Wearing headphones and a faraway gaze, the best 195-pound high school wrestler in the nation is lost in thought.
Fans, teammates and coaches, all unnoticed in his periphery, stand mere feet away. For the next 10 minutes or so, all that exists for Totino-Grace junior Lance Benick is one opponent on a 38 foot-by-38-foot wrestling mat.
In a world where all successful wrestlers credit hard work and dedication for their success, what elevates Benick is his tunnel vision. Nothing else matters when he’s about to wrestle.
It explains how he shocked the wrestling community two years ago when, as a freshman, he won a Class 2A individual championship wrestling at 182 pounds.
“When have you ever seen someone that young win at that weight?” Eagles coach Doug Svihel asked. “That never happens.”
He won another state title last year, at 195 pounds. Last fall he wrestled in Serbia as a member of the U.S. Cadet team that competed in the FILA World Championships.
This year Benick, undefeated in 30 matches and 107-4 in his career at Totino-Grace, is considered the top junior wrestling recruit in the nation.
This focus and success has come while his mother, Joanne, has waged a rigorous battle with a cancerous brain tumor that nearly took her life.
On this January day, Benick has been asked to wrestle at a higher weight against an opponent more than 30 pounds heavier. During the match, he never flinches. He wins, but it’s not easy. No matter. From challenge comes improvement.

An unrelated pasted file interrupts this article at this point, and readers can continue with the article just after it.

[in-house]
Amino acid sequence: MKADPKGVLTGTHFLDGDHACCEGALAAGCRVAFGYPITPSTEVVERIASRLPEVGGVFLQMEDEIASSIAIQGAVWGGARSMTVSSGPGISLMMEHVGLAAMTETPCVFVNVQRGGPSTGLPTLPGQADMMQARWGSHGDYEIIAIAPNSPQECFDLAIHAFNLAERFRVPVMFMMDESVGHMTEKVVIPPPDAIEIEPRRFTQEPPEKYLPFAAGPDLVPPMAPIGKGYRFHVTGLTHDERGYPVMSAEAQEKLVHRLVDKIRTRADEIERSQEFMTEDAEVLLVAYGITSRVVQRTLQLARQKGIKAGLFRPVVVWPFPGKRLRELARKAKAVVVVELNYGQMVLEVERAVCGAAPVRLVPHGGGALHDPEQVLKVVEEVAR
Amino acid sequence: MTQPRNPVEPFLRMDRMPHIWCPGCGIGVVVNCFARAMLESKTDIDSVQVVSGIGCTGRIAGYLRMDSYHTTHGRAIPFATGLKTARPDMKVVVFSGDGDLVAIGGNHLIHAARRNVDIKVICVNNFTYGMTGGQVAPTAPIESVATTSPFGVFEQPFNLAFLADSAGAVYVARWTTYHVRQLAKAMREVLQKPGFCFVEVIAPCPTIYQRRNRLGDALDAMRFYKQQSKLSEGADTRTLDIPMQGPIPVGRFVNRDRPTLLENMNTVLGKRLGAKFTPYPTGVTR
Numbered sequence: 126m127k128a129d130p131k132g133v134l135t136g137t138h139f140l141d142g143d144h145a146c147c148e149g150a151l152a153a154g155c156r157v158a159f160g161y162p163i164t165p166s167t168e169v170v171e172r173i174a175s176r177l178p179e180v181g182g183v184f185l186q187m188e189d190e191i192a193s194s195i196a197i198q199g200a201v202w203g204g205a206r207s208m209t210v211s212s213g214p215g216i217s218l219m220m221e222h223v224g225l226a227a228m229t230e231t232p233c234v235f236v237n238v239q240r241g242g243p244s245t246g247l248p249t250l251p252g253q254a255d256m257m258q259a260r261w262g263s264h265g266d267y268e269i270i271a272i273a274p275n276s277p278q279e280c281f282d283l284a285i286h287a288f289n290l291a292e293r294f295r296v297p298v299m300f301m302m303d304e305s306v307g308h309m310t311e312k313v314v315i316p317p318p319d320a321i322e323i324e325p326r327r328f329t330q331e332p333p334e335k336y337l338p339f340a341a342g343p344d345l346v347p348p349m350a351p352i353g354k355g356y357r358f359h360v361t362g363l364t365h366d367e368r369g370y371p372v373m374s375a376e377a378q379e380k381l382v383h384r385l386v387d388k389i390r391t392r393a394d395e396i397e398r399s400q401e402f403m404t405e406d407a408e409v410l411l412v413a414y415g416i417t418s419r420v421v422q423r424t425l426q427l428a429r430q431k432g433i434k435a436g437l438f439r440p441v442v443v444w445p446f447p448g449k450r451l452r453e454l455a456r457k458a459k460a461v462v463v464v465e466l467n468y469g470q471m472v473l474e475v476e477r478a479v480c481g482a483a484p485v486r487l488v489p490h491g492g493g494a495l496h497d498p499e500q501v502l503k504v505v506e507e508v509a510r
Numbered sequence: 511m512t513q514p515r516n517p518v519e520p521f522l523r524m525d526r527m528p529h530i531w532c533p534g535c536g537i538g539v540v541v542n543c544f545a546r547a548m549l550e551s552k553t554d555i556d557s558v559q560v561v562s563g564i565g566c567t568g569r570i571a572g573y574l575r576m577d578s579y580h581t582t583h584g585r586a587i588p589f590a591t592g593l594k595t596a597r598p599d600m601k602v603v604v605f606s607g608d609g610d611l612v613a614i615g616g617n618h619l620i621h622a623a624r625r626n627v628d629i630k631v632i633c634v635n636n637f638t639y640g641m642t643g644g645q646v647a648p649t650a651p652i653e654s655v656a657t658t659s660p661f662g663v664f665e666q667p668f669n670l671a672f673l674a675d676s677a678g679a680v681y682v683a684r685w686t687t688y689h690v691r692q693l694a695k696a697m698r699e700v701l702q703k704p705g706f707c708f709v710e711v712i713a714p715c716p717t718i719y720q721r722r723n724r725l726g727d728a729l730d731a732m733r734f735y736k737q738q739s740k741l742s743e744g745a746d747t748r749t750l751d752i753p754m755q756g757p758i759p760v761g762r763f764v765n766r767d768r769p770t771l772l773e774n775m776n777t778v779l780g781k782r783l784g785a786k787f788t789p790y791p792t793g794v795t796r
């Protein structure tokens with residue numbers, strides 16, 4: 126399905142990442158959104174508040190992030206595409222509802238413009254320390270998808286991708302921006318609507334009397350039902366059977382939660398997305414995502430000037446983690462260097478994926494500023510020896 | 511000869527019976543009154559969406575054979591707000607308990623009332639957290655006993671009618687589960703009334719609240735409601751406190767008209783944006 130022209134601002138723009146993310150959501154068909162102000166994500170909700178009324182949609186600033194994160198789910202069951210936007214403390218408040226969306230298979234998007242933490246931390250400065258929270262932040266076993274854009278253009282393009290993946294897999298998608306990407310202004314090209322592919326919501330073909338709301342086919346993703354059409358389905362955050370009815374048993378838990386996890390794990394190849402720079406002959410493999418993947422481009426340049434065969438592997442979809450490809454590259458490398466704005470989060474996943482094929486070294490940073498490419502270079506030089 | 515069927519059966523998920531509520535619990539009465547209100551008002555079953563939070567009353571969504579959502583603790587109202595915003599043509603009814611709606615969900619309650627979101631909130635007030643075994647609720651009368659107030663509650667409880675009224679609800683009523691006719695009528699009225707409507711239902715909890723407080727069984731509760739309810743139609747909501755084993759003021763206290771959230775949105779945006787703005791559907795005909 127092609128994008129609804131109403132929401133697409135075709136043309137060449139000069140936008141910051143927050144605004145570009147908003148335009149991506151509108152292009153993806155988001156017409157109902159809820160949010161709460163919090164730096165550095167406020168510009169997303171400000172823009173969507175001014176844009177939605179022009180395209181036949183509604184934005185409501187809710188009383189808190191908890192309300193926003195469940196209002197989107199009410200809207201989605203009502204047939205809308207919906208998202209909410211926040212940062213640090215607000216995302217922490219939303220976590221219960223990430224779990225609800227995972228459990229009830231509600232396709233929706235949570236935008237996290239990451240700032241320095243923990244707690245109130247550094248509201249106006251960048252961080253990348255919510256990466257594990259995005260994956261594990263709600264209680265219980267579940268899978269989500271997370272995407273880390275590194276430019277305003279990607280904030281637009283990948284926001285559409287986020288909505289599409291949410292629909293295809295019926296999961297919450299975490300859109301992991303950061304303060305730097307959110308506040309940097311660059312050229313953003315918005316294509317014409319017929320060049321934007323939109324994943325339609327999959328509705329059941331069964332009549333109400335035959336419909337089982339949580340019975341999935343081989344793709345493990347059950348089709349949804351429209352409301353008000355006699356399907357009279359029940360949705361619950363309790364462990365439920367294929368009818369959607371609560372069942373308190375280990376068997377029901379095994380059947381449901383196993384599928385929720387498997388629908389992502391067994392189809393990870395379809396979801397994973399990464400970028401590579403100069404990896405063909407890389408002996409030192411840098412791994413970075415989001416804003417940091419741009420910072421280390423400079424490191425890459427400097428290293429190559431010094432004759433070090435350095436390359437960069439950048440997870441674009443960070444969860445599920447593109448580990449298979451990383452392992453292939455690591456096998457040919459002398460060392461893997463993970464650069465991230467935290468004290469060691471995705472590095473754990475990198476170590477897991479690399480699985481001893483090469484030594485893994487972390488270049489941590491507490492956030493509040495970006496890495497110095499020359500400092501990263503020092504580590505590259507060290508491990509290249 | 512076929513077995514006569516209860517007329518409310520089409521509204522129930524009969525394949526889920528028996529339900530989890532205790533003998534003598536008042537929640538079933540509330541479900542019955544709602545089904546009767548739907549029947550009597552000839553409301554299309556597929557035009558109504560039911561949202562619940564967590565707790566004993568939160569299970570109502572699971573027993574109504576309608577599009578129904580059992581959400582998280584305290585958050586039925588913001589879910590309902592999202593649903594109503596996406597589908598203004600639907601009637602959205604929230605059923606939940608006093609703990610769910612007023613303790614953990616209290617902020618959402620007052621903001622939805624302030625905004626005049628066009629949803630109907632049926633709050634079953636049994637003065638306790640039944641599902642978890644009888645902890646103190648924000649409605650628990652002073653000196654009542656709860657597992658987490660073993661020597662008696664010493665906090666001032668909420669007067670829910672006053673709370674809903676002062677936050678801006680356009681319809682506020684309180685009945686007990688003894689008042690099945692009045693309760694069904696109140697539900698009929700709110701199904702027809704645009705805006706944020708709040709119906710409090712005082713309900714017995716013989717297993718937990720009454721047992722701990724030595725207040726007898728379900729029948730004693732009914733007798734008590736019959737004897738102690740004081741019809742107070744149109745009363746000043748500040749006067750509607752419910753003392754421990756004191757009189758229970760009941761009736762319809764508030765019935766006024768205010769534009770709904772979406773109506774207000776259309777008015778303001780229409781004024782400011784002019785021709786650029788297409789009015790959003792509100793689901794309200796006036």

For Benick, wrestling is not only his passion, it’s his island. The mat is a place where he can go and succeed and nothing can bother him.
“It’s just me and my opponent, doing what I do best,” Benick said. “Nothing bothers me. I can be loosey-goosey and just have fun.”
Fighting off Stage 3 cancer
Joanne Benick is not one to spend time lounging around the house.
So when she laid down to take a nap one afternoon in 2010, she got an earful from Lance when he came home.
“He said ‘Mom, are you going to be lazy all day?’ ” Joanne said. “I hadn’t been feeling good for a long time and [my husband] Tom had been telling me to go see the doctor, but I didn’t want to. When Lance said that, I knew I had to go.”
She had suffered from persistent headaches, nausea and fatigue, and numerous doctors failed to pinpoint a reason. After months of uncertainty, she was given an MRI at a Stillwater hospital. That led to a trip to the Mayo Clinic in Rochester where she received a shocking diagnosis.
“They said she had a brain tumor,” Tom Benick said. “They gave her three options: get another opinion, do a biopsy and wait for the result, or do surgery right away.
“I asked how long she had and they said she could die in an hour or last as long as a week.”